Congressional redistricting plan brings another district to Howard

Howard County will soon have three congressional representatives instead of two, assuming the redistricting plan adopted last week by the Maryland General Assembly survives an expected court challenge.

Proposed by Gov. Martin O’Malley, a Democrat, and passed largely along party lines, the plan moves part of District 2 into Howard County. The rest of the county will remain in districts 3 and 7, which have split the county for the past decade.

District 2 will span the eastern border with Anne Arundel County, excluding the top part of Elkridge and bottom part of North Laurel, and cover Savage, Jessup and Hanover. Currently represented by U.S. Rep. Dutch Ruppersberger, a Cockeysville Democrat, District 2 would be east of Interstate 95, except for a small portion of Ellicott City and Elkridge south of Route 100 and a small portion of North Laurel north of Route 216.

District 3, currently represented by Towson Democrat John Sarbanes, would cover Fulton and parts of Clarksville, Highland, North Laurel, Scaggsville, east Columbia and Ellicott City.

The boundaries of District 7, currently represented by Baltimore Democrat Elijah Cummings, would remain largely the same as they have been the past 10 years, covering western Howard County, Ellicott City and Columbia, but the district will lose much of the southeastern portion of the county to the new second district and reconfigured third district.

County Executive Ken Ulman praised the new plan.

“The more people who represent Howard County from my perspective, the better because then they each have a stake in working with us, listening to us,” he said

Ulman also said he is “thrilled” to have Ruppersberger represent part of Howard.

“He’s a great friend, and his position in Washington on the intelligence committee makes him an incredibly influential person in terms of the cyber security and the defense company,” Ulman said.

County council chairman Calvin Ball said he, too, has known Ruppersberger for years and was looking forward to the change.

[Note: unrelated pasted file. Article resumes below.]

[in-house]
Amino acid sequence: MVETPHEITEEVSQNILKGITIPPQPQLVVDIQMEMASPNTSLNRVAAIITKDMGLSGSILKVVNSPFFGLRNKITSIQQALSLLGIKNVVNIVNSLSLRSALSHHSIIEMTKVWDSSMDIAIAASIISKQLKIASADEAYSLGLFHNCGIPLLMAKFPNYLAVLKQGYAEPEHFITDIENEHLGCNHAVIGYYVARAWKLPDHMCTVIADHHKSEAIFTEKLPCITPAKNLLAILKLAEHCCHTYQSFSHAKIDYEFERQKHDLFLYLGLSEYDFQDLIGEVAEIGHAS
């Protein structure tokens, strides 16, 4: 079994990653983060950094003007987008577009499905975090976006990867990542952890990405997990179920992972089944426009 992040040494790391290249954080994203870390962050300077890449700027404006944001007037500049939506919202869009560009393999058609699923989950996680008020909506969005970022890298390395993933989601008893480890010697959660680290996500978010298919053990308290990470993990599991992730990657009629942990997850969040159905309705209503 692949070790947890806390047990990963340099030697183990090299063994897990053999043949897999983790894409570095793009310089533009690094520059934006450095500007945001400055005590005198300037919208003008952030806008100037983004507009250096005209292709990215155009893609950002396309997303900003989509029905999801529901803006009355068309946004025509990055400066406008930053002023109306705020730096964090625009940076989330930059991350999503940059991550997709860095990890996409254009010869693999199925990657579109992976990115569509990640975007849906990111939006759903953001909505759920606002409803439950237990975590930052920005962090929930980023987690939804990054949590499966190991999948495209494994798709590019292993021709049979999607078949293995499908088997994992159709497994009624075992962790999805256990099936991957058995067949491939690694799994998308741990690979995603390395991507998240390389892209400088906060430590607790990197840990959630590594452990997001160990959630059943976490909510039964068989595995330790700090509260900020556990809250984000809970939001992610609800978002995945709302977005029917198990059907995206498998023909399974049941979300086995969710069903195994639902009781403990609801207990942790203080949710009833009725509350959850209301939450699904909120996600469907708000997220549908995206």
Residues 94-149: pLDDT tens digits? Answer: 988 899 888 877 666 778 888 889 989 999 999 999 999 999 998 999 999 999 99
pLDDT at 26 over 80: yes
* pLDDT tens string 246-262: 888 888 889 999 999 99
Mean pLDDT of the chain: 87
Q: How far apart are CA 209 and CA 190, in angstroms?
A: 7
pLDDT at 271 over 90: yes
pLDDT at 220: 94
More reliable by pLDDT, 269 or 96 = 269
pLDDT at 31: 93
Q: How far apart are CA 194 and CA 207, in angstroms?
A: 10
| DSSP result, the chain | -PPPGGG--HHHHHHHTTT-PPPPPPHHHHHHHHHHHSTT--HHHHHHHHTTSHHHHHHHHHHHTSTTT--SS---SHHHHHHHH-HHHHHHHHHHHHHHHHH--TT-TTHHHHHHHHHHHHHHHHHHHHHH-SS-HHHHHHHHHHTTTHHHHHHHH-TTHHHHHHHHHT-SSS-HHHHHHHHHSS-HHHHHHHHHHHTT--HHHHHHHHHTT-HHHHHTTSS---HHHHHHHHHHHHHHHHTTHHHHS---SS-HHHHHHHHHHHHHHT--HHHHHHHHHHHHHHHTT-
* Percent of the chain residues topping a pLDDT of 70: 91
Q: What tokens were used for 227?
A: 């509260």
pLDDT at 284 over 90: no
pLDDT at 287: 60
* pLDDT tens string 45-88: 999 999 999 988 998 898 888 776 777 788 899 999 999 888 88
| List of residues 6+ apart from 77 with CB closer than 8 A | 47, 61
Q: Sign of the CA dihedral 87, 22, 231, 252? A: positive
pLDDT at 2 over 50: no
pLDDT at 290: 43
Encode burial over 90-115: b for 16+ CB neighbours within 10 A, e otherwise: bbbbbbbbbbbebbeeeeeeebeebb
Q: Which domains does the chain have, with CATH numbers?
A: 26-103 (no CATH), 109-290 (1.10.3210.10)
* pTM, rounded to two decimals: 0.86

“I would welcome a third voice in the county representing the county in Congress,” he said.

‘Could be worse’

Howard’s state legislators — much like most state legislators — voted for O’Malley’s plan along party lines. After the vote, the county’s Republicans voiced their frustrations.

“Gov. O’Malley got the plan that he wanted, so that they could elect another Democrat to Congress at the expense of the people of Maryland,” state said Sen. Allan Kittleman, a West Friendship Republican. He was referring to the Democrats’ intentions to use the redistricting process to unseat longtime District 6 Rep. Roscoe Bartlett, a Western Maryland Republican, by adding heavily Democratic parts of Montgomery County to his district.

Kittleman also disagreed that three congressional representatives is a good thing for Howard.

“I think that divides us,” he said.

However, Kittleman added: “Anne Arundel has four. It could be worse.”

Del. Gail Bates, also a West Friendship Republican, said she was very disappointed that western Howard County has yet again been grouped with Baltimore City.

“There’s no way you can represent (both) fully, you just can’t do it,” she said. “Not to say Mr. Cummings is a bad man; he is not.”

Bates was critical of the map in general, noting it looks “as if somebody threw paint splotches against a wall. There’s no semblance of continuity or anything.”

She said the map does not recognize the geographic diversity of Maryland, and she is confident it will be challenged in court.

Sen. Jim Robey, an Elkridge Democrat, said the new congressional map will have no negative effect on Howard County.

“The reason we’re going to three (representatives) is because the decision was made to keep the district involving BRAC-related activities, Aberdeen and Ft. Meade and so, in the same congressional district,” he said.

Robey said there will never be a map that makes every legislator happy.

“If every senator was left to his (or her) own device down there, we'd have 47 different maps,” he said.

Congressional redistricting is required every 10 years to take into account shifts in population. Maryland’s new plan will take effect beginning with the primary election in April of next year, unless it is overturned by the courts. Republicans groups, among others, have promised a court challenge.

To view maps of the new districts, go to

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